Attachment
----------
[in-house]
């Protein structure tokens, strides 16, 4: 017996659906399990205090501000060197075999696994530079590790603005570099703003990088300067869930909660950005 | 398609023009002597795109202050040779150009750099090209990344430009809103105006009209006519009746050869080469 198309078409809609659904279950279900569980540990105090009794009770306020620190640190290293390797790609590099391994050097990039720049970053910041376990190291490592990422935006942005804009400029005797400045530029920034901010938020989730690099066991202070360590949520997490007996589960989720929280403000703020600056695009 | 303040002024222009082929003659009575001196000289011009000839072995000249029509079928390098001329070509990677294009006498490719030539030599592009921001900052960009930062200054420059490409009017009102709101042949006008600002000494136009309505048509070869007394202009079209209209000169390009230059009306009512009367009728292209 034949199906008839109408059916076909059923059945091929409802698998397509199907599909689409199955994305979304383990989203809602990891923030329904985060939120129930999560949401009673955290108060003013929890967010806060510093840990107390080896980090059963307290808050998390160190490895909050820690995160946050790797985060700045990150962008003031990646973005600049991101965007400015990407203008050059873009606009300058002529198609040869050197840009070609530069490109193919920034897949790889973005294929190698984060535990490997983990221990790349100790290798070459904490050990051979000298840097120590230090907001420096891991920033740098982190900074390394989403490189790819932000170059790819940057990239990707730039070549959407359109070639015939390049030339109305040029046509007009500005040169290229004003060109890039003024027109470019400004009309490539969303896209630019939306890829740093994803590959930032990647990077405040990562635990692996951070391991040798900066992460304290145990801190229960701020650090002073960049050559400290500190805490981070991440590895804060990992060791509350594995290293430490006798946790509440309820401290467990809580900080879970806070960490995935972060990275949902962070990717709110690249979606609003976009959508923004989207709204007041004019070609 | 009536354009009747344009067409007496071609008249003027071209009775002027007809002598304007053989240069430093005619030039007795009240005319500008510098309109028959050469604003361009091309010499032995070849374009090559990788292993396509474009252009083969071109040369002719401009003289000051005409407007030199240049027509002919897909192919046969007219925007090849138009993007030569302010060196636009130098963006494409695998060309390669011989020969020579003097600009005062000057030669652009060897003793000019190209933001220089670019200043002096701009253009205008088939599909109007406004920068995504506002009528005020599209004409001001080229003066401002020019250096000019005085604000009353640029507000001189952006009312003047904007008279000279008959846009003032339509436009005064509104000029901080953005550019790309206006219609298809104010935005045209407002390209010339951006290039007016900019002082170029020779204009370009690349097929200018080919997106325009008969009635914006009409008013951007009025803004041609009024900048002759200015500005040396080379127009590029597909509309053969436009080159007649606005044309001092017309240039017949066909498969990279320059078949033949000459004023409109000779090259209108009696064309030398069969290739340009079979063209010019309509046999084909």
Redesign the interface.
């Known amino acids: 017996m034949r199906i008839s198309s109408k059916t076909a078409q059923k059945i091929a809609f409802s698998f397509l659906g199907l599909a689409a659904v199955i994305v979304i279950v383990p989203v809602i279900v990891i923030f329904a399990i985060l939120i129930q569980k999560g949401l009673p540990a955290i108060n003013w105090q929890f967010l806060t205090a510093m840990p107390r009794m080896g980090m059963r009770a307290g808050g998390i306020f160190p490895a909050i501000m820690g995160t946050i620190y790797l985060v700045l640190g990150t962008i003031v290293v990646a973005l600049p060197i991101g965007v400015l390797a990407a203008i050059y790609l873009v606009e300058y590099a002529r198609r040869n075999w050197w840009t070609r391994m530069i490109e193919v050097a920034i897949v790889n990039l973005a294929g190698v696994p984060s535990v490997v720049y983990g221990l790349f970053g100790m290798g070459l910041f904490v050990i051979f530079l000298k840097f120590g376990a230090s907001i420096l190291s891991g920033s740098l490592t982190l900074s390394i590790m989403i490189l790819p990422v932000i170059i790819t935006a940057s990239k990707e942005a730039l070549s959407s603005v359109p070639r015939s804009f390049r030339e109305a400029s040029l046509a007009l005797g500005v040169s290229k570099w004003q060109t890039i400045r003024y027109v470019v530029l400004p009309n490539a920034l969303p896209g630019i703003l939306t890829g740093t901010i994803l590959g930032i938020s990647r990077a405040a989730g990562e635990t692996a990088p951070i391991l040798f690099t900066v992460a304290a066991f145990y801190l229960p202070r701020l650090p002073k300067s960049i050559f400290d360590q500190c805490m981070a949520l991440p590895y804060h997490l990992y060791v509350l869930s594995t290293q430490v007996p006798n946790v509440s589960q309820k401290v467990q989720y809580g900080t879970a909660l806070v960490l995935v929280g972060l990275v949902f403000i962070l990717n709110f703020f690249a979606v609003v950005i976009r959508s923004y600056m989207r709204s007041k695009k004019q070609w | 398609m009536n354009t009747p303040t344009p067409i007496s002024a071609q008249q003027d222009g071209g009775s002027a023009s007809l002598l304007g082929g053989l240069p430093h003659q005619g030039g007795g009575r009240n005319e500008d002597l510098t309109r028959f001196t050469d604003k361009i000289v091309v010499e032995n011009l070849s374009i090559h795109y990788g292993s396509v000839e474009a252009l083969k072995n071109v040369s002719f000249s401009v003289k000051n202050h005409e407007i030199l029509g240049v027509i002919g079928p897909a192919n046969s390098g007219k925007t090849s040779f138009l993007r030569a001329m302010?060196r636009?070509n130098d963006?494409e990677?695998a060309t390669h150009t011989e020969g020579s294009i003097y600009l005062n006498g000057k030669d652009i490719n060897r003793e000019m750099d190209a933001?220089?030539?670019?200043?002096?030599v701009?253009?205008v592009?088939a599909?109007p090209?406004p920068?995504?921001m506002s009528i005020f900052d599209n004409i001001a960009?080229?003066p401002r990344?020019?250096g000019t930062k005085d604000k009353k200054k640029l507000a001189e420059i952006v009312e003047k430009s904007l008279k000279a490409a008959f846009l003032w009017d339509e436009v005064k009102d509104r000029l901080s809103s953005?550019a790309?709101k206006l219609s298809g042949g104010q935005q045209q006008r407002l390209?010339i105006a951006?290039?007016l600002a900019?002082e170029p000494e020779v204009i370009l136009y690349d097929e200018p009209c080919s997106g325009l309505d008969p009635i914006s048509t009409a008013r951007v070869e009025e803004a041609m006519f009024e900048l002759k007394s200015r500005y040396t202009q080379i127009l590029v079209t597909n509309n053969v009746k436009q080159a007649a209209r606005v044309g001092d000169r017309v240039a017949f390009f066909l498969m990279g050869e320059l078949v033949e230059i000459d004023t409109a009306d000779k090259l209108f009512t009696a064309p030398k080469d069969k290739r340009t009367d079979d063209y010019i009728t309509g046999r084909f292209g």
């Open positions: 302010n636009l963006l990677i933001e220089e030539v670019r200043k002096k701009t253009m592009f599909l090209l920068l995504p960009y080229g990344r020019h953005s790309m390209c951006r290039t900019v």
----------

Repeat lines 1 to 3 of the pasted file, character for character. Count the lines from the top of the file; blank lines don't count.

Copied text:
[in-house]
């Protein structure tokens, strides 16, 4: 017996659906399990205090501000060197075999696994530079590790603005570099703003990088300067869930909660950005 | 398609023009002597795109202050040779150009750099090209990344430009809103105006009209006519009746050869080469 198309078409809609659904279950279900569980540990105090009794009770306020620190640190290293390797790609590099391994050097990039720049970053910041376990190291490592990422935006942005804009400029005797400045530029920034901010938020989730690099066991202070360590949520997490007996589960989720929280403000703020600056695009 | 303040002024222009082929003659009575001196000289011009000839072995000249029509079928390098001329070509990677294009006498490719030539030599592009921001900052960009930062200054420059490409009017009102709101042949006008600002000494136009309505048509070869007394202009079209209209000169390009230059009306009512009367009728292209 034949199906008839109408059916076909059923059945091929409802698998397509199907599909689409199955994305979304383990989203809602990891923030329904985060939120129930999560949401009673955290108060003013929890967010806060510093840990107390080896980090059963307290808050998390160190490895909050820690995160946050790797985060700045990150962008003031990646973005600049991101965007400015990407203008050059873009606009300058002529198609040869050197840009070609530069490109193919920034897949790889973005294929190698984060535990490997983990221990790349100790290798070459904490050990051979000298840097120590230090907001420096891991920033740098982190900074390394989403490189790819932000170059790819940057990239990707730039070549959407359109070639015939390049030339109305040029046509007009500005040169290229004003060109890039003024027109470019400004009309490539969303896209630019939306890829740093994803590959930032990647990077405040990562635990692996951070391991040798900066992460304290145990801190229960701020650090002073960049050559400290500190805490981070991440590895804060990992060791509350594995290293430490006798946790509440309820401290467990809580900080879970806070960490995935972060990275949902962070990717709110690249979606609003976009959508923004989207709204007041004019070609 | 009536354009009747344009067409007496071609008249003027071209009775002027007809002598304007053989240069430093005619030039007795009240005319500008510098309109028959050469604003361009091309010499032995070849374009090559990788292993396509474009252009083969071109040369002719401009003289000051005409407007030199240049027509002919897909192919046969007219925007090849138009993007030569302010060196636009130098963006494409695998060309390669011989020969020579003097600009005062000057030669652009060897003793000019190209933001220089670019200043002096701009253009205008088939599909109007406004920068995504506002009528005020599209004409001001080229003066401002020019250096000019005085604000009353640029507000001189952006009312003047904007008279000279008959846009003032339509436009005064509104000029901080953005550019790309206006219609298809104010935005045209407002390209010339951006290039007016900019002082170029020779204009370009690349097929200018080919997106325009008969009635914006009409008013951007009025803004041609009024900048002759200015500005040396080379127009590029597909509309053969436009080159007649606005044309001092017309240039017949066909498969990279320059078949033949000459004023409109000779090259209108009696064309030398069969290739340009079979063209010019309509046999084909």
Redesign the interface.